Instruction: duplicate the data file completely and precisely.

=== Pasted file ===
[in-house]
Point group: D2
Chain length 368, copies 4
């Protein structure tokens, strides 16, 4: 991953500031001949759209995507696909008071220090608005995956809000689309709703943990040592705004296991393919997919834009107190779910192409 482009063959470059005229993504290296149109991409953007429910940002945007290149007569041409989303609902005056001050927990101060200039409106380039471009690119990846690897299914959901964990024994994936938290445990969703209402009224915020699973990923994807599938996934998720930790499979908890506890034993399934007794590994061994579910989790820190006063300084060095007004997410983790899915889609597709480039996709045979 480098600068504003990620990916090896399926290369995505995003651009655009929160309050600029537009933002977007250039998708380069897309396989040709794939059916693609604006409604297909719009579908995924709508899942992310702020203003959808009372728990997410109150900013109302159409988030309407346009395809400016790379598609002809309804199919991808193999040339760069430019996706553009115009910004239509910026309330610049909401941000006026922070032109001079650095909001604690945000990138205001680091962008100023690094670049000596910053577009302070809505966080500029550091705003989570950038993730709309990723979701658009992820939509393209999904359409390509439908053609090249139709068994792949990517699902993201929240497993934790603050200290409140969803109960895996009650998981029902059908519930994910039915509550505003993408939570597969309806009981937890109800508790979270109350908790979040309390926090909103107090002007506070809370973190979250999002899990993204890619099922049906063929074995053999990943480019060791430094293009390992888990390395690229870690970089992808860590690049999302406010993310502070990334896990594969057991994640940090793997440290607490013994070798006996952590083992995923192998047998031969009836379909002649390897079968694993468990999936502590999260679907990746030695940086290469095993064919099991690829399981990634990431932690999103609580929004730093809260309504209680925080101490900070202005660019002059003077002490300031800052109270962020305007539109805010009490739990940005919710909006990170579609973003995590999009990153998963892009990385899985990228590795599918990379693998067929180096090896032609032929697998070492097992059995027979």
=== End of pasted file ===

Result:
[in-house]
Point group: D2
Chain length 368, copies 4
């Protein structure tokens, strides 16, 4: 991953500031001949759209995507696909008071220090608005995956809000689309709703943990040592705004296991393919997919834009107190779910192409 482009063959470059005229993504290296149109991409953007429910940002945007290149007569041409989303609902005056001050927990101060200039409106380039471009690119990846690897299914959901964990024994994936938290445990969703209402009224915020699973990923994807599938996934998720930790499979908890506890034993399934007794590994061994579910989790820190006063300084060095007004997410983790899915889609597709480039996709045979 480098600068504003990620990916090896399926290369995505995003651009655009929160309050600029537009933002977007250039998708380069897309396989040709794939059916693609604006409604297909719009579908995924709508899942992310702020203003959808009372728990997410109150900013109302159409988030309407346009395809400016790379598609002809309804199919991808193999040339760069430019996706553009115009910004239509910026309330610049909401941000006026922070032109001079650095909001604690945000990138205001680091962008100023690094670049000596910053577009302070809505966080500029550091705003989570950038993730709309990723979701658009992820939509393209999904359409390509439908053609090249139709068994792949990517699902993201929240497993934790603050200290409140969803109960895996009650998981029902059908519930994910039915509550505003993408939570597969309806009981937890109800508790979270109350908790979040309390926090909103107090002007506070809370973190979250999002899990993204890619099922049906063929074995053999990943480019060791430094293009390992888990390395690229870690970089992808860590690049999302406010993310502070990334896990594969057991994640940090793997440290607490013994070798006996952590083992995923192998047998031969009836379909002649390897079968694993468990999936502590999260679907990746030695940086290469095993064919099991690829399981990634990431932690999103609580929004730093809260309504209680925080101490900070202005660019002059003077002490300031800052109270962020305007539109805010009490739990940005919710909006990170579609973003995590999009990153998963892009990385899985990228590795599918990379693998067929180096090896032609032929697998070492097992059995027979």